Potty training your puppy can be a frustrating process, but it doesn’t have to be. Instead of worrying about him going all over the house, take your puppy to the potty pad every time he needs to go. And it’s not as hard as you might think!
Set up a crate, dog pen, or dog room with an open door.
Set up a crate, dog pen, or dog room with an open door. The space should be large enough for your puppy to move around in and explore, but not so big that he or she can get into trouble. If your puppy is already crate-trained, use a crate; if not, we recommend using a dog pen instead of a crate (since it can be more easily moved around the house).
Put your puppy on a regular feeding schedule and take his food away between meals.
It’s important to keep your puppy on a regular feeding schedule so that he doesn’t go hungry and start chewing off his paws. Take away his food between meals, and don’t give him food if he is not hungry or if he refuses to eat. It’s also important not to give him more than one meal at a time, because this can cause digestive problems.
Wait 4-5 hours after food is taken away.
- Wait 4-5 hours after food is taken away. Food can cause puppies to have accidents, especially if you feed them too much or let them eat throughout the night. To make sure that your puppy doesn’t have an accident because of eating too much, feed him only once a day, and take away any leftover food after 30 minutes. If your puppy has diarrhea after eating too much or while he’s on his potty pad training schedule (more than once in one day), reduce the amount of food he gets per meal until his digestive system returns to normal.
- Use a crate or small room as an area for potty training. If you don’t have access to a crate or small room where you can close off your puppy from other rooms in the house and put down potty pads for him without worrying about him getting into trouble elsewhere in the house, consider using this space instead:
- Put down several layers of newspapers so that it’s easy for him to walk on without slipping around too much (especially helpful when going out into winter weather).
- Put down some water bowls so that he won’t be thirsty while using these facilities (instead of having access only through his bowl).
Take your puppy to the potty pad.
Once you’re sure your puppy is ready to start potty training, take him to the pad. Make sure he has enough time to go, and if he doesn’t go, take him back inside and try again later. If your puppy does go on the pad, praise him and give him a treat. This will help reinforce the behavior so that it becomes more consistent.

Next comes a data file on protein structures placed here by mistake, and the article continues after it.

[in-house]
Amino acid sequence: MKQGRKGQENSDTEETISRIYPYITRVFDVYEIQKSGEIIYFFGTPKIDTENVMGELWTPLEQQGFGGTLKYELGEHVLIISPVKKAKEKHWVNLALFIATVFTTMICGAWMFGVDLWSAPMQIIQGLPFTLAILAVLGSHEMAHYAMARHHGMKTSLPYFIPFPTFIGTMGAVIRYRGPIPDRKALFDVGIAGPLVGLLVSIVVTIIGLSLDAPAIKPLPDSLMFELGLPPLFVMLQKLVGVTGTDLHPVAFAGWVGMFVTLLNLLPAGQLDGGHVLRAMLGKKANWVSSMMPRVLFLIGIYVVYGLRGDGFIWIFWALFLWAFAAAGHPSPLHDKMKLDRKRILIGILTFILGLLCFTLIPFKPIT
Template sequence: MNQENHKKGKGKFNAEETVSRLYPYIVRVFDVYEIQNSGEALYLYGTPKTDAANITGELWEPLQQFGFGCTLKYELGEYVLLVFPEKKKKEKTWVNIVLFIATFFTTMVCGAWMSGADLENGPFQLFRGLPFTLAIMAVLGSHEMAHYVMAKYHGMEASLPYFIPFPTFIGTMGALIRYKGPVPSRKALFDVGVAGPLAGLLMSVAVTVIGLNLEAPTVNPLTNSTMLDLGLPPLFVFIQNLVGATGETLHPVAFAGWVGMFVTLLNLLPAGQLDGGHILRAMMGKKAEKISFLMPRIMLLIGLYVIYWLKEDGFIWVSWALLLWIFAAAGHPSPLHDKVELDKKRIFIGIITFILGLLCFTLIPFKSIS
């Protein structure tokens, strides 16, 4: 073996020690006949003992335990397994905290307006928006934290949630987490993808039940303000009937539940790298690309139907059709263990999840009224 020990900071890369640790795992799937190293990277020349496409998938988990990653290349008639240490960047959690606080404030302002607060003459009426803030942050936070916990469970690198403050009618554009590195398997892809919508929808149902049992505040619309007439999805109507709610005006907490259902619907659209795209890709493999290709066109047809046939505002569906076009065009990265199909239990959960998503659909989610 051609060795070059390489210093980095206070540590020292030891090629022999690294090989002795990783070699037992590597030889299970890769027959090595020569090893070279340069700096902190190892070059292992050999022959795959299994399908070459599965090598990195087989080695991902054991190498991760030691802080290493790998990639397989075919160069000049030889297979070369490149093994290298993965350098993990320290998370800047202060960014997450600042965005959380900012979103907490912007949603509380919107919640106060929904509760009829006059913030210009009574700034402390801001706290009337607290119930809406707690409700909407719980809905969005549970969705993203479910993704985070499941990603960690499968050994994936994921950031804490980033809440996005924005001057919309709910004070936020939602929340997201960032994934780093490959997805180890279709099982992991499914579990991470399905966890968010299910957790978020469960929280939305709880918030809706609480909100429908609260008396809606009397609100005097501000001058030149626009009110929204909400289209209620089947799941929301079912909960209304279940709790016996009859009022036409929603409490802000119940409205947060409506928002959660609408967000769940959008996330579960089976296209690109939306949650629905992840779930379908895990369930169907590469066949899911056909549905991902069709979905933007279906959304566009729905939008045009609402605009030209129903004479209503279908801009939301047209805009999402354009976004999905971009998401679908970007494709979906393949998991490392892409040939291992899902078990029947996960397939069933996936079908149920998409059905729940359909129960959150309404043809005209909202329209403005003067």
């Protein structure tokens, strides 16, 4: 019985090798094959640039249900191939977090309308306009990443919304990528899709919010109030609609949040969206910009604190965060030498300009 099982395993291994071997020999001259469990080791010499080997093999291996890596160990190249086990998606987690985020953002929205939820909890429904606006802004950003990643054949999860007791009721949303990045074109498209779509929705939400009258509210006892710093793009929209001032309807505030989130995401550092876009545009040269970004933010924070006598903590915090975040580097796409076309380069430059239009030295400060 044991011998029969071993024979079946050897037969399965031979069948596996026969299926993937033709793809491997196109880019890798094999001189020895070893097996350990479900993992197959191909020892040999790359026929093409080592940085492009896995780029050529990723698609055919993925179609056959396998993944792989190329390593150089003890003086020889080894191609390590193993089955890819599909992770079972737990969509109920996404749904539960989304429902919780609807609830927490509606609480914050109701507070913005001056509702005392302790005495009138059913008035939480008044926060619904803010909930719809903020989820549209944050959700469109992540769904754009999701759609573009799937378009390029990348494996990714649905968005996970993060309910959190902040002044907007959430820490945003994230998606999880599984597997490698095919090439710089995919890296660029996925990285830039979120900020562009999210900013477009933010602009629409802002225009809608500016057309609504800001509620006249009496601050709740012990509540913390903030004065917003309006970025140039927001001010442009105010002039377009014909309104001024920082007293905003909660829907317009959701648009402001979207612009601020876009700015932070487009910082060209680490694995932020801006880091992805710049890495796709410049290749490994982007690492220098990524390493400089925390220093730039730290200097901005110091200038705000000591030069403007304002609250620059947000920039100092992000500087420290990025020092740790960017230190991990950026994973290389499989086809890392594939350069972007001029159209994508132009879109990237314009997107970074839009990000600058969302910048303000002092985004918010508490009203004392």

You should continue this process until your pup understands what’s expected of him when he goes outside: pee on the designated spot!
When he does go on the pad, praise him and give him a treat.
When your puppy does go on the pad, praise him and give him a treat. You can also reward your puppy with praise, treats and affection.
If you’re using a clicker to reinforce the training, click when he goes in the right place. When you have a good understanding of what “good” means to your dog (for example, if he goes on the pad but not on the floor), then use that instead of saying “yes” or clicking when he does so.
If you catch him having an accident in the house, calmly clap your hands and say “No!” to distract him. Then immediately take him outside to the potty pad to finish.
If you catch him having an accident in the house, calmly clap your hands and say “No!” to distract him. Then immediately take him outside to the potty pad to finish. Never punish your puppy for having an accident in the house. He doesn’t know any better! It is also not helpful to yell at or scold your pup when he has accidents, as this will make him afraid of you and may cause him to feel more anxious about going outside. This can lead to issues with potty training that are much harder for both of you!
Continue using the same pad until your puppy is fully trained. Then gradually move it closer to the door, until you can eventually get rid of it.
Once your puppy has been using the pad for a few weeks, gradually move it closer to the door. You can also move the potty pad around to different rooms in the house. This will help your puppy learn that he or she is supposed to go on this specific pad, not just anywhere in general.
If you’re going to be away from home for an extended period of time, put some newspaper down on top of the potty pad so that no accidents will happen while you’re gone (just don’t forget about it!). If possible, leave something familiar with him—his favorite toy or blanket—in case he gets scared and confused when left alone in new surroundings! If you have more than one dog at home, make sure they are separated while they get used to having their own designated areas; otherwise they may start fighting over who gets what spot!
You’ll have a clean house again in no time!
- Your dog will learn to go on potty pads.
- He won’t go in the house.
- You won’t have to clean up after him. This is great news for your carpet, floors and furniture, which will stay cleaner and fresher longer than they would otherwise.
- You’ll be able to leave the dog alone for longer periods of time without worrying about where he’s going to relieve himself when you’re not there (or how much damage he’ll cause while trying). This is great news if you work long hours or are away from home during the day more often than not; now you can finally take that vacation with peace of mind knowing that your furry friend is taken care of—and doesn’t need an expensive boarding facility!
Congratulations! You should be proud of yourself and your puppy. He’s learned the basics of going potty outside, which will make it easier to transition him to going outside later on. And you’ve gotten through what can often be a stressful period in a puppy’s life. You’ve done good work!